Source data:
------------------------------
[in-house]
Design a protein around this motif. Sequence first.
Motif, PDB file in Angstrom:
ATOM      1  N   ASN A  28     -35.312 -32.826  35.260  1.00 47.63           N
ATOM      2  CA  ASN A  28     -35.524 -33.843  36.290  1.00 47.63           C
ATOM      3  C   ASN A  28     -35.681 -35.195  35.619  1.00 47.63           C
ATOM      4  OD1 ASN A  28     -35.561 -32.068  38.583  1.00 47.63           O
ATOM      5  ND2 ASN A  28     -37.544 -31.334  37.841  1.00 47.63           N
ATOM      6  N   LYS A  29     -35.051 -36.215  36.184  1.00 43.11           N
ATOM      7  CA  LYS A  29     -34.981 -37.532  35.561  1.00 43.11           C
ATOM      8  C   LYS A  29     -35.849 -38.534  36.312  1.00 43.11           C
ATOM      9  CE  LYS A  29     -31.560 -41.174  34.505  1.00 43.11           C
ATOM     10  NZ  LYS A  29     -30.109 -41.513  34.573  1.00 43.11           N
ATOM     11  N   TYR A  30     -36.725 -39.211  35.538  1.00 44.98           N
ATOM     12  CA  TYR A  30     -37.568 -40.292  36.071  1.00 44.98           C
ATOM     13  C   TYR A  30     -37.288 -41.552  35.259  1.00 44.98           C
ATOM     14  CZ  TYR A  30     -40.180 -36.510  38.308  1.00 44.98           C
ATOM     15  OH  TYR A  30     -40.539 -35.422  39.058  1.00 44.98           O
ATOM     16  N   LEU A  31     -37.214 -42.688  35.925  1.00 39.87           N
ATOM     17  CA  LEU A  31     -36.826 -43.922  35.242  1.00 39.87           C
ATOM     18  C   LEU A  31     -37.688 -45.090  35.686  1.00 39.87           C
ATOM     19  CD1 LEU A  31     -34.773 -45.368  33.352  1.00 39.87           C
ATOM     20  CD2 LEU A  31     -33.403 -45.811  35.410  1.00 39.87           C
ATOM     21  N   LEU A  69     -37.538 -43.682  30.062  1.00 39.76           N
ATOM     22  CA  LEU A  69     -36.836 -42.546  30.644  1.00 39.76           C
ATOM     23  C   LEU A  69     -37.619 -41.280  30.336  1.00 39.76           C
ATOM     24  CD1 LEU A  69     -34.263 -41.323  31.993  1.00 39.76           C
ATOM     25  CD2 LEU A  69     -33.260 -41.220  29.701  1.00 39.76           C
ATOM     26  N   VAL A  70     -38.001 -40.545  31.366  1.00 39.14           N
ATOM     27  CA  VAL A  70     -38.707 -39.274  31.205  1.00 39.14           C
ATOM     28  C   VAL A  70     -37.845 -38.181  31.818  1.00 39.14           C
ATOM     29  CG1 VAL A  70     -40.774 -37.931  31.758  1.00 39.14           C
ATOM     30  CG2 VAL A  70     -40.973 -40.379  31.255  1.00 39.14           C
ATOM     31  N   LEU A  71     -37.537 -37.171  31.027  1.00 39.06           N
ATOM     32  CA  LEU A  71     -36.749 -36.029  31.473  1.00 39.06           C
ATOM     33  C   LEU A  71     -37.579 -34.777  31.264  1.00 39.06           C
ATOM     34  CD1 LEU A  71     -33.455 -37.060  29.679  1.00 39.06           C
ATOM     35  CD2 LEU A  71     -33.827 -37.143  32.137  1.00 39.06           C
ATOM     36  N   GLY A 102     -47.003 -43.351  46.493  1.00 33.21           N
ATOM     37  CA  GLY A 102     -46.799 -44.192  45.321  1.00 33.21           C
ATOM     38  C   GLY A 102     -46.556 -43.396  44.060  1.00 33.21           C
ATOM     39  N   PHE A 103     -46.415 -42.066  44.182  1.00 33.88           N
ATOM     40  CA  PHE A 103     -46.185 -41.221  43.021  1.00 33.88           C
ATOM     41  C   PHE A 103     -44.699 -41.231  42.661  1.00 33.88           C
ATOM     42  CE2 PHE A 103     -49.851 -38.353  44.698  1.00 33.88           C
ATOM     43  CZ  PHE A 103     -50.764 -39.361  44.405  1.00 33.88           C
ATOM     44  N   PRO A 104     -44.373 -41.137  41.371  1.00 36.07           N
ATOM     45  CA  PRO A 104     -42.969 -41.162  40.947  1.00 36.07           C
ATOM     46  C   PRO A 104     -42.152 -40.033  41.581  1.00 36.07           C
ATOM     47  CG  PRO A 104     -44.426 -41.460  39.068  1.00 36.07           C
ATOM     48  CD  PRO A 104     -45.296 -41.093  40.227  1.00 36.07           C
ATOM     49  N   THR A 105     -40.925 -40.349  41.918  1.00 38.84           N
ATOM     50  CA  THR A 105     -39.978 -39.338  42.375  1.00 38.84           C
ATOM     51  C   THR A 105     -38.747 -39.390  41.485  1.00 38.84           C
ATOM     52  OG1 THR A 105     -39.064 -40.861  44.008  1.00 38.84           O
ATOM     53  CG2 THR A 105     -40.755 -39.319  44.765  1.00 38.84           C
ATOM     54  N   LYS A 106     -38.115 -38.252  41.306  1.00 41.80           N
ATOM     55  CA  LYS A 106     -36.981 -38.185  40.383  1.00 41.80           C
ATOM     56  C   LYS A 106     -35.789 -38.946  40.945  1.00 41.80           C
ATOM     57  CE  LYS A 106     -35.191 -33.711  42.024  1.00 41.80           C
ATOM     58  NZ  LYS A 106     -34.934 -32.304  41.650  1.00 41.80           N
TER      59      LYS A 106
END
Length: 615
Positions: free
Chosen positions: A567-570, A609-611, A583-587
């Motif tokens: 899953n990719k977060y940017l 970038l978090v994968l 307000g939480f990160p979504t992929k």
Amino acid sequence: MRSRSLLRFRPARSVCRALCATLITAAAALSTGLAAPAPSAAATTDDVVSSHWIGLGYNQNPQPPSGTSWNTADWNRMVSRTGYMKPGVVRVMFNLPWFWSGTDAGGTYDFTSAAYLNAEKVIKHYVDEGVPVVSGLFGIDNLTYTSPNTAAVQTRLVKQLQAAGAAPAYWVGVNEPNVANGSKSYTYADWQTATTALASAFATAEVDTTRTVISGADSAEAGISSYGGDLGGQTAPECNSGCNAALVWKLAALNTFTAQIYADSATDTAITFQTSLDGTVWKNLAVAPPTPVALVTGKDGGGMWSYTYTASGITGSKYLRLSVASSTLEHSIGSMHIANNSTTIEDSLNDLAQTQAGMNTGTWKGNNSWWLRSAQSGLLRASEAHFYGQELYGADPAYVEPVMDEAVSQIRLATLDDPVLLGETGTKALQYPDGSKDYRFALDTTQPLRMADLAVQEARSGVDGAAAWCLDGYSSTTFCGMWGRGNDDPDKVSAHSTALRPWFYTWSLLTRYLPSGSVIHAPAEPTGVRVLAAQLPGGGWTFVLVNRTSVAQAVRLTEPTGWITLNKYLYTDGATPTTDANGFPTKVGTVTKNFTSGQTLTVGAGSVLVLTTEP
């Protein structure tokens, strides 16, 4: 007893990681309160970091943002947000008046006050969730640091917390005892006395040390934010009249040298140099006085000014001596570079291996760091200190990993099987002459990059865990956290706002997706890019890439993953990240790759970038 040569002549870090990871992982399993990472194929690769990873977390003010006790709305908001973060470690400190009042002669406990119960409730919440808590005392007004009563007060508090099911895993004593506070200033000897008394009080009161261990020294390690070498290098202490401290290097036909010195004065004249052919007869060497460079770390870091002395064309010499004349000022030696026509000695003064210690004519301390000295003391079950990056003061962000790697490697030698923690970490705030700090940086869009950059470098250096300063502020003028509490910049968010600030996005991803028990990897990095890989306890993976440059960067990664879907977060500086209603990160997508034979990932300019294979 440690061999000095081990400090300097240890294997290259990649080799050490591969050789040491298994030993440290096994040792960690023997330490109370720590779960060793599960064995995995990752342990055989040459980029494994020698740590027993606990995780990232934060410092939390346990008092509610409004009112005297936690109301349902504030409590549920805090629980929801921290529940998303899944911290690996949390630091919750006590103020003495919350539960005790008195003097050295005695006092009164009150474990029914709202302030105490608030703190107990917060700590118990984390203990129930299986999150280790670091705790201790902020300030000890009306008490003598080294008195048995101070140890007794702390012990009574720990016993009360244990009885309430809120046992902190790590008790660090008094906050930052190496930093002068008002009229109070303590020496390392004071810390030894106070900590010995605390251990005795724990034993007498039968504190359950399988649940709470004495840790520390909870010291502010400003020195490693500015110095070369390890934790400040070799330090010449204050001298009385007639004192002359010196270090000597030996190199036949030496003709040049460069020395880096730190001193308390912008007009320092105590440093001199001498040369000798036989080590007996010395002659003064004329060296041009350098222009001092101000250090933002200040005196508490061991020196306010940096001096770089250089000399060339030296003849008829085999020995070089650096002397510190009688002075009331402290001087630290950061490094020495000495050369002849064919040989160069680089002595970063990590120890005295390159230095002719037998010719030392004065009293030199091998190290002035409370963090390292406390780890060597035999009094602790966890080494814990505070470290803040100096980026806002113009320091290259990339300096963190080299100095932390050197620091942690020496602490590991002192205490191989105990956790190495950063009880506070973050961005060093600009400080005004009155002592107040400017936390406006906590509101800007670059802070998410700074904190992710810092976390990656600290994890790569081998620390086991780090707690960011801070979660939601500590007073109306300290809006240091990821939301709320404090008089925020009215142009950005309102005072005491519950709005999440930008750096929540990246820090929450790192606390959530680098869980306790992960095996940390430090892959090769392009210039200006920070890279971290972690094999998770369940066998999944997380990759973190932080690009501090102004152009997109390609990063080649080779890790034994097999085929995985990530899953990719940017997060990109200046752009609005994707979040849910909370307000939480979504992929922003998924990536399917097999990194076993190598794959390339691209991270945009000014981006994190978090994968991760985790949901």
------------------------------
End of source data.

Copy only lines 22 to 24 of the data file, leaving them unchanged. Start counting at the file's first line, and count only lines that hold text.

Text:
ATOM     19  CD1 LEU A  31     -34.773 -45.368  33.352  1.00 39.87           C
ATOM     20  CD2 LEU A  31     -33.403 -45.811  35.410  1.00 39.87           C
ATOM     21  N   LEU A  69     -37.538 -43.682  30.062  1.00 39.76           N